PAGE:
Friday, March 21, 2008

Suttee, an eyewitness's account from AD 1824

An old painting on Suttee


Sati, (it means, a chaste woman. Suttee is an English corruption of this word)) was the ancient practice among some north Indian Hindu communities in which the widowed woman immolated herself in the husband’s funeral pyre.

The barbaric custom existed over two millennia till the early part of the 19th century. Though many attempts, over centuries, had been made to forbid the practice, it was Lord William Henry Cavendish-Bentinck, the Governor General of India between AD 1827 and 1835, who passed a regulation ,despite fierce opposition, and declared that all who abetted Suttee were “ guilty of culpable homicide.”

Widow sacrifice has not been peculiar to India alone. E. B. Tylor in his Primitive Culture has provided evidences of such rites among all primitive Aryan nations.

The purpose of this note is not to dwell on the history or the other ritualistic aspects of Suttee, but to bring to the notice of the readers of an eyewitness’s account of an actual rite which he saw in early 1824. Of course, Lord Bentinck also may have read this account, as this happened at Serampore, very near to his head quarters.


An old view of Serampore


The Asiatic Journal and Monthly Miscellany :(Volume XVIII July to December 1824)
- Page 316-

Extract of a letter dated from the river near Serampore, 4th February 1824


Noticing a crowd of natives proceeding in the same direction, I enquired the cause, and was informed that a certain Sircar having died, his two wives proposed to be burned with his body. I joined them, and on arriving at the place, where the sacrifice was to take place, I found a great number of people assembled, the piles prepared and the two women engaged in worshipping, for the last time, the sacred Ganges. They were surrounded by their relations, and seemed to entertain no apprehensions of their approaching fate, nor was any feelings testified by their friends, who were near them. When they left the river, myself and a friend by whom I was accompanied inquired of them whether they were about thus to immolate themselves of their own free will, to which they replied in the affirmative. The elder of the women was fifty, the younger of about forty years of age. The cry of ”Hurree Bol” commenced, they calmly ascended the pile, and taking an adieu of their friends, they laid themselves, the one on the one side, and the other on the other of their departed husband and were quickly enveloped in flames. No appearance of force or undue persuasion existed, intoxicating drugs were not employed, nor were the bamboo levers used to keep them down on the pile, and in a few moments they died, without a struggle. After this the cry of ”Hurree Bol”became louder , the immediate relations seemed to exult in the deed which they had just performed , and I, perfectly horrified, left the scene.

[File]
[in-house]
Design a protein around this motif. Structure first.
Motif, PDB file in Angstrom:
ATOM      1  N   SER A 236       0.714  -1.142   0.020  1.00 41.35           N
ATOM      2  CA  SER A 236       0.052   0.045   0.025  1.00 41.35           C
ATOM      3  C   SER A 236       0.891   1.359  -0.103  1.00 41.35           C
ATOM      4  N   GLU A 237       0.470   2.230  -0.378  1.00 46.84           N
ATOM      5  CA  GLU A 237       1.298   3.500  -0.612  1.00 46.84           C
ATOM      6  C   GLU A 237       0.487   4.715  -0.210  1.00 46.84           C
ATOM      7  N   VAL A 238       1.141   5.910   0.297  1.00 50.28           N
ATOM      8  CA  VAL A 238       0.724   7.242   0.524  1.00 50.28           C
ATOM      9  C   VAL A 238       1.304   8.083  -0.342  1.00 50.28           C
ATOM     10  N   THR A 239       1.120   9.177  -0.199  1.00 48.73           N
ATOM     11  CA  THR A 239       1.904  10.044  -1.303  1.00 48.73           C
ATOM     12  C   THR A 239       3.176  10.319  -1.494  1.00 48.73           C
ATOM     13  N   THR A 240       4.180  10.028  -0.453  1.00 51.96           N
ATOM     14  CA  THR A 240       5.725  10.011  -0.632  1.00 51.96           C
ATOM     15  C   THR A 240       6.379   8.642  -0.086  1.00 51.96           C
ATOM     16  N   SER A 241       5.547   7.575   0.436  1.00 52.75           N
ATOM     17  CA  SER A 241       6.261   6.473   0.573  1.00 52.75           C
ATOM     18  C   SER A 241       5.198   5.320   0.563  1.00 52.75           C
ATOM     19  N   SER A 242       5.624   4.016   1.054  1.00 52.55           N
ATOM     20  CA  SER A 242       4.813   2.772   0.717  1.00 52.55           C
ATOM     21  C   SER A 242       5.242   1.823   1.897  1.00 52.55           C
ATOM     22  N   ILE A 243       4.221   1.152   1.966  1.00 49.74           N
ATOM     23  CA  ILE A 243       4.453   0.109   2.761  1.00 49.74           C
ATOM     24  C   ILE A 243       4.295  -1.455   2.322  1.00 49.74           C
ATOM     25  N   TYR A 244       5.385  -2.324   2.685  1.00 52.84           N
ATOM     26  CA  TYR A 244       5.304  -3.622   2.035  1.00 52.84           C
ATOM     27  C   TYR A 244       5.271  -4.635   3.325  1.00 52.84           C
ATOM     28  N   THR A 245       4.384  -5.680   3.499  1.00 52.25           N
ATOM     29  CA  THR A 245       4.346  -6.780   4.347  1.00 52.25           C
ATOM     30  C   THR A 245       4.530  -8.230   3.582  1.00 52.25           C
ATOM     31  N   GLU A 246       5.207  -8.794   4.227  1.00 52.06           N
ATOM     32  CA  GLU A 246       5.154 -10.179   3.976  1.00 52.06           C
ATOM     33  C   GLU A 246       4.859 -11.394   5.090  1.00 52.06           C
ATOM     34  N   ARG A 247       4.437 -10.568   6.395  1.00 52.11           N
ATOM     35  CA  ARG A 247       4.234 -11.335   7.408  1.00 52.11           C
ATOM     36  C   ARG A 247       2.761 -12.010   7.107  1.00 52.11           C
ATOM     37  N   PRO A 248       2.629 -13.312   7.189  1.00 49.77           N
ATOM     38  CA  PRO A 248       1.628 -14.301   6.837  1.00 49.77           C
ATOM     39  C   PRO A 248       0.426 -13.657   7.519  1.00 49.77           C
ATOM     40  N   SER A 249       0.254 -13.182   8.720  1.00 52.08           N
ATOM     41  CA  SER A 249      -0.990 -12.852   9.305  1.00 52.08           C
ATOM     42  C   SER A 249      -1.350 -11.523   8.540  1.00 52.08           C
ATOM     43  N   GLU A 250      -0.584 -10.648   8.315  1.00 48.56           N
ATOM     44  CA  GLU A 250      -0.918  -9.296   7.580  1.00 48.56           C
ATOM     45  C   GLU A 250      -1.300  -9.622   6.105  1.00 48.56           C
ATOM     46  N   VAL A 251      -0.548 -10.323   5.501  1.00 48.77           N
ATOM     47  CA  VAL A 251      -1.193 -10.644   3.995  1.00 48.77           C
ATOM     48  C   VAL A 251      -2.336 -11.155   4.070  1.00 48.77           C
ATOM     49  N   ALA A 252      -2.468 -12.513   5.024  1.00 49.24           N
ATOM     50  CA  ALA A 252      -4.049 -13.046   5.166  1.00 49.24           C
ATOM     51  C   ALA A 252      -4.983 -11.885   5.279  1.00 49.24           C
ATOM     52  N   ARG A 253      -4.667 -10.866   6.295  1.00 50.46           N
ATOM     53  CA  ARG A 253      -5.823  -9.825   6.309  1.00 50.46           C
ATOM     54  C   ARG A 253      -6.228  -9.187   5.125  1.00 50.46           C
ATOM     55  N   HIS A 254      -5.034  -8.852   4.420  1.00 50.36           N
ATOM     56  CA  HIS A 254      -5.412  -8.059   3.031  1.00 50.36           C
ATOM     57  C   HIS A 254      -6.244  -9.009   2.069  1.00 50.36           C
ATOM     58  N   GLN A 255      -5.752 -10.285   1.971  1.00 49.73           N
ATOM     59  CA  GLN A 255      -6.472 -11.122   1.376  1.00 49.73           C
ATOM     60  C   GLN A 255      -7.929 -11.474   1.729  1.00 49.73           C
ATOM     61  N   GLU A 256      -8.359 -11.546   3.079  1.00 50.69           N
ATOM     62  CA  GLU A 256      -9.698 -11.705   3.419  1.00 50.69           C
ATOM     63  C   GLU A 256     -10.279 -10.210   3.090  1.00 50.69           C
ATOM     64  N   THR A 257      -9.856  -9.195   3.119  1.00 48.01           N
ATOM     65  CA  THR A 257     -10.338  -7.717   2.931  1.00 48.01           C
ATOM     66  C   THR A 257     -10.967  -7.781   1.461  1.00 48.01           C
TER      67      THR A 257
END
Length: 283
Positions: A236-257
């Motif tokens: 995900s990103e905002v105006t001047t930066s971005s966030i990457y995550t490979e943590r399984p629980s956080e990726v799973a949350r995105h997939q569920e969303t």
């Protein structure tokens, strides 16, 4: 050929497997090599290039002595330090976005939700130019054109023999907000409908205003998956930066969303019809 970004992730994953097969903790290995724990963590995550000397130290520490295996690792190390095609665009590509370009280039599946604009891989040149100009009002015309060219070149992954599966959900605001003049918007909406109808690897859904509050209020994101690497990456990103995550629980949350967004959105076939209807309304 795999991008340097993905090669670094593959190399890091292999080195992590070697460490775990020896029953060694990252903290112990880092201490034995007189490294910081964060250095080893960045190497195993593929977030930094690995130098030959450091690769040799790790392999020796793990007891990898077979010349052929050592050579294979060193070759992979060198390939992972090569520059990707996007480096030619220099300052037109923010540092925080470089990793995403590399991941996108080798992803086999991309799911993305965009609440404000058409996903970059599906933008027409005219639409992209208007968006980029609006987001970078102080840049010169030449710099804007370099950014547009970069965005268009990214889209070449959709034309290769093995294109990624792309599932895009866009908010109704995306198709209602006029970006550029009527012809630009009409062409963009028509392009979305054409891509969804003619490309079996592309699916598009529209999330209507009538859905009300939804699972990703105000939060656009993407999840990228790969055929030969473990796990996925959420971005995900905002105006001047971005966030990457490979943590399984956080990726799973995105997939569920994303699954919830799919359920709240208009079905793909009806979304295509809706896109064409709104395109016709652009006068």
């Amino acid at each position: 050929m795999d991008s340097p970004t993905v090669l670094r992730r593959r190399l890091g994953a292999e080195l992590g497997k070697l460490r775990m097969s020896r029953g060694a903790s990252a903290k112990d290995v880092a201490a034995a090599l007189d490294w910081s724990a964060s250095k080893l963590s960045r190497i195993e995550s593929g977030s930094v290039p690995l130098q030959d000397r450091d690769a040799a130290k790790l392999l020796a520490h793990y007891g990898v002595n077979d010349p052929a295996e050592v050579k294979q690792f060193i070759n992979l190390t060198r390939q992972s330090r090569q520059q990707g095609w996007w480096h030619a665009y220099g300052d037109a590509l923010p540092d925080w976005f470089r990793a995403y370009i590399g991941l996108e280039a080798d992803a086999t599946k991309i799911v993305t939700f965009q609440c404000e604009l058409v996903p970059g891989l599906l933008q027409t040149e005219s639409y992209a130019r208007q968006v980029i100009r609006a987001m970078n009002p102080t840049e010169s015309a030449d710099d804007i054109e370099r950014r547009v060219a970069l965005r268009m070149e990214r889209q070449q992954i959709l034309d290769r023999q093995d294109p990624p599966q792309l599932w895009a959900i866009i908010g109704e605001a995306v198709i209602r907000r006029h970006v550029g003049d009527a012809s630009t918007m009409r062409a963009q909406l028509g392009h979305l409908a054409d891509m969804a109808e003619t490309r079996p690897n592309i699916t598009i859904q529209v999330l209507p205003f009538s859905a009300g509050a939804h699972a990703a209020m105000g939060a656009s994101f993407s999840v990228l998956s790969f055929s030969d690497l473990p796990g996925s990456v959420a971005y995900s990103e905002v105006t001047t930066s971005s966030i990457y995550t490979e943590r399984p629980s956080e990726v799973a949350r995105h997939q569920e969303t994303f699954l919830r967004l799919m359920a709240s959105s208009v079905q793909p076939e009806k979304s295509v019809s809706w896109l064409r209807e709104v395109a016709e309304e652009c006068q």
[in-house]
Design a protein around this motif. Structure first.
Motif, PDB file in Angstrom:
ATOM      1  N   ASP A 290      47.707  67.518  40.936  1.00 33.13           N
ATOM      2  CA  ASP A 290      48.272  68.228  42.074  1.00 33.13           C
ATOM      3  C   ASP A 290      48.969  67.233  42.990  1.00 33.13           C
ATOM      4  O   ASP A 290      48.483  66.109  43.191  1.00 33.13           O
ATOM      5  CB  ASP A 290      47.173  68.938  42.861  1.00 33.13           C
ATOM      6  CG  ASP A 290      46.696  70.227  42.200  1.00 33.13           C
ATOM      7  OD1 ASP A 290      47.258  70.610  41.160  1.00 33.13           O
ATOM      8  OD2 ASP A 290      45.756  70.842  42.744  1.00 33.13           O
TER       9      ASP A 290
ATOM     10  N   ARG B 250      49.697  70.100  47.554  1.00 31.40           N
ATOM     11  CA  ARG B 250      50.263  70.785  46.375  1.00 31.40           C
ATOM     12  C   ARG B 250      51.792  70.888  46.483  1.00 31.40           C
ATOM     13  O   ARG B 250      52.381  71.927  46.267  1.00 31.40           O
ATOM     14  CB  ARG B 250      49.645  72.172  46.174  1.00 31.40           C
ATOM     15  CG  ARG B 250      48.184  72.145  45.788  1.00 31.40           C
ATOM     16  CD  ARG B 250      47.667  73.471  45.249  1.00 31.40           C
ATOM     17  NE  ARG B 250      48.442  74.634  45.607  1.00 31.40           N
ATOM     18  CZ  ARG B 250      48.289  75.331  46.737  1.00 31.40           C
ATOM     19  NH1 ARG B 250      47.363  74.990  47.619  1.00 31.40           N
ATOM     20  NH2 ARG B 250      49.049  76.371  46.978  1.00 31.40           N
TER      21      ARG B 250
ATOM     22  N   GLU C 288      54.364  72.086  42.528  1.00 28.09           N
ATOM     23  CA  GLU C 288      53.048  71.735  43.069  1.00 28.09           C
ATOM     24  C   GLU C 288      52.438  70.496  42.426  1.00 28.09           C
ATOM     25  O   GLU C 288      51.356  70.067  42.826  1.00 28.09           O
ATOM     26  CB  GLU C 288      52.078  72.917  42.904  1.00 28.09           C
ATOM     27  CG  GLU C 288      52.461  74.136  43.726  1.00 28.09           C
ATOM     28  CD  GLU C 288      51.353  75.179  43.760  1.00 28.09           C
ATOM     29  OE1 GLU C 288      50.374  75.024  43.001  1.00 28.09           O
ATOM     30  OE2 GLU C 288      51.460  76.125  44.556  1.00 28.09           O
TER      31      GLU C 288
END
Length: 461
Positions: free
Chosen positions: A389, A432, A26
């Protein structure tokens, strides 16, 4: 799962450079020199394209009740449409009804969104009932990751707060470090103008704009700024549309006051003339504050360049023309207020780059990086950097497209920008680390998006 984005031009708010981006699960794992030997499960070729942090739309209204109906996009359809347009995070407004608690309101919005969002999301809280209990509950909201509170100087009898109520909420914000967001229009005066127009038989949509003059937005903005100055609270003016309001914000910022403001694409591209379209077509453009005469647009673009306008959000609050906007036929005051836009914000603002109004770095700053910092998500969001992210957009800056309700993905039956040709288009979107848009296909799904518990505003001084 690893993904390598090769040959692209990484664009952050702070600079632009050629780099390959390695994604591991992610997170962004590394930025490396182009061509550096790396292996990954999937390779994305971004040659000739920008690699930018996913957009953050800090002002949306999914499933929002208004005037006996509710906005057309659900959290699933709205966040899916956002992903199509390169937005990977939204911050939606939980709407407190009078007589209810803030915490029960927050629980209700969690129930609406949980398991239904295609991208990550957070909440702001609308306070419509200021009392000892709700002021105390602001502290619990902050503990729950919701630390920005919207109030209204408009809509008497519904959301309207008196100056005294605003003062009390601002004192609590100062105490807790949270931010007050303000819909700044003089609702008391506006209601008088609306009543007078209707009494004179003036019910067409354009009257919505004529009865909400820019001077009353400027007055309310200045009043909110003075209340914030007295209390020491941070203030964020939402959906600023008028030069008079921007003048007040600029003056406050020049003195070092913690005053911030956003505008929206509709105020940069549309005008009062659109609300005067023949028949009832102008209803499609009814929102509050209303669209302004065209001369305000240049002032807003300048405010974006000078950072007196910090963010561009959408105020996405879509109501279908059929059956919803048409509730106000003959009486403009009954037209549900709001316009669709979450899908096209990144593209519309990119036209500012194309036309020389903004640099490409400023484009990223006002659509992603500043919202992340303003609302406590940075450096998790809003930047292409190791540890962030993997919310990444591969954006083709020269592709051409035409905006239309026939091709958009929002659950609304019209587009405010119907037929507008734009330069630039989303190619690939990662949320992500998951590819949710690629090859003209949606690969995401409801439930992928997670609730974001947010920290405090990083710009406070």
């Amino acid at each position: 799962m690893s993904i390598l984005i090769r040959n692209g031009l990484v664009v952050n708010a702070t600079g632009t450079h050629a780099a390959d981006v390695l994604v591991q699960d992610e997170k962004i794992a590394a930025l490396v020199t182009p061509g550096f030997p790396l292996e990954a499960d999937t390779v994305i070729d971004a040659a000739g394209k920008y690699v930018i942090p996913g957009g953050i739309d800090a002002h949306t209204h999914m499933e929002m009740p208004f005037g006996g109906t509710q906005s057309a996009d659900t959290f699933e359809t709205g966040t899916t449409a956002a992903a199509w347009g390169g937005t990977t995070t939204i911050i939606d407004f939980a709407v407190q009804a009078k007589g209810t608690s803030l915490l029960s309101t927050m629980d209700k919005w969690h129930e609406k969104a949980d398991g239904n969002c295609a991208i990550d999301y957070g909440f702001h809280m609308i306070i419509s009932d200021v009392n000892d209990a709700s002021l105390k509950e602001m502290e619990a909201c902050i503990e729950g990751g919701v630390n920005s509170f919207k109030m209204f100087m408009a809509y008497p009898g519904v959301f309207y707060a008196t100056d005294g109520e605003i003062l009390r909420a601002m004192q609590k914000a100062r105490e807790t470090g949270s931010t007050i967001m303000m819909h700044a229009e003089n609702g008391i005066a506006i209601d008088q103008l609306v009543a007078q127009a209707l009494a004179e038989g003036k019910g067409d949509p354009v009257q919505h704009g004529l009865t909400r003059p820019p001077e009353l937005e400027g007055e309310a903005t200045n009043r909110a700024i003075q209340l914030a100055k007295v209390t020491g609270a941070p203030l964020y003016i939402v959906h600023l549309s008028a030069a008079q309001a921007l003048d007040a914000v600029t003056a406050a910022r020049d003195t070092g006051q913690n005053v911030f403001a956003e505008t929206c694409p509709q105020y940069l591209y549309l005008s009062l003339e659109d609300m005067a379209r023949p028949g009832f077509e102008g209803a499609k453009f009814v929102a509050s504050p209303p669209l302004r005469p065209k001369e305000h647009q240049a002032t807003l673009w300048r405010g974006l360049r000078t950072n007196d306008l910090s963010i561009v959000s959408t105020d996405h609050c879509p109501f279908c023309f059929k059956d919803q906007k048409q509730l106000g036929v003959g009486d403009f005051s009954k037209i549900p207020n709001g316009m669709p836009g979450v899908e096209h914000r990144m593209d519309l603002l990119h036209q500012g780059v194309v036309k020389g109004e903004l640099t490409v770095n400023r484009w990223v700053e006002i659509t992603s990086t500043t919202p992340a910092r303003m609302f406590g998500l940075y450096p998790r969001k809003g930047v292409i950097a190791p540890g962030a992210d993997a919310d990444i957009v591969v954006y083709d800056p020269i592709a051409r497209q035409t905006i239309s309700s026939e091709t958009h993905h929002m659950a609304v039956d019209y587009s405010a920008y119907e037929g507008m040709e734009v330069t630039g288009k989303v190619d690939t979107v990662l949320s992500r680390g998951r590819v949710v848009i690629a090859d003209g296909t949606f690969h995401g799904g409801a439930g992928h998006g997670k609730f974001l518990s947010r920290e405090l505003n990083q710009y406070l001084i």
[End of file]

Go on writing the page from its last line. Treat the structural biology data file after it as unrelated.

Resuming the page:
ps: Serampore (Srirampur) is a municipality in the Hoogly District of Kolkata, in West Bengal.
Dubai, Good Friday 2008.

Wednesday, March 19, 2008

Travancore and the Great Exhibition of London AD 1851

The Great Exhibition , London AD 1851


Curious about the documents pertaining to Travancore history, I chanced upon an original print of the Illustrated London News of 31st January 1852, which featured the engraving of the reception by HH Maharajah of Travancore to the Letter from HM Queen Victoria.



The above photo shows the sketch of the Durbar in which the then Maharajah of Travancore, HH Uthram Thirunal Marthanda Varma receives the letter of HM the Queen Victoria from the British Resident , Major General W. Cullen. The reception took place on 27th November 1851. A report on the function, as it appeared in the Illustrated London News also is shown .
The details on the same could be summarized as under:

Around AD 1850, Prince Albert, the Royal Consort of Queen Victoria, conceived the idea of a great Exhibition in London, primarily to showcase England as the leader of the industrial revolution. Also the exposition was intended to project the military, economic and technological prowess of England under Queen Victoria.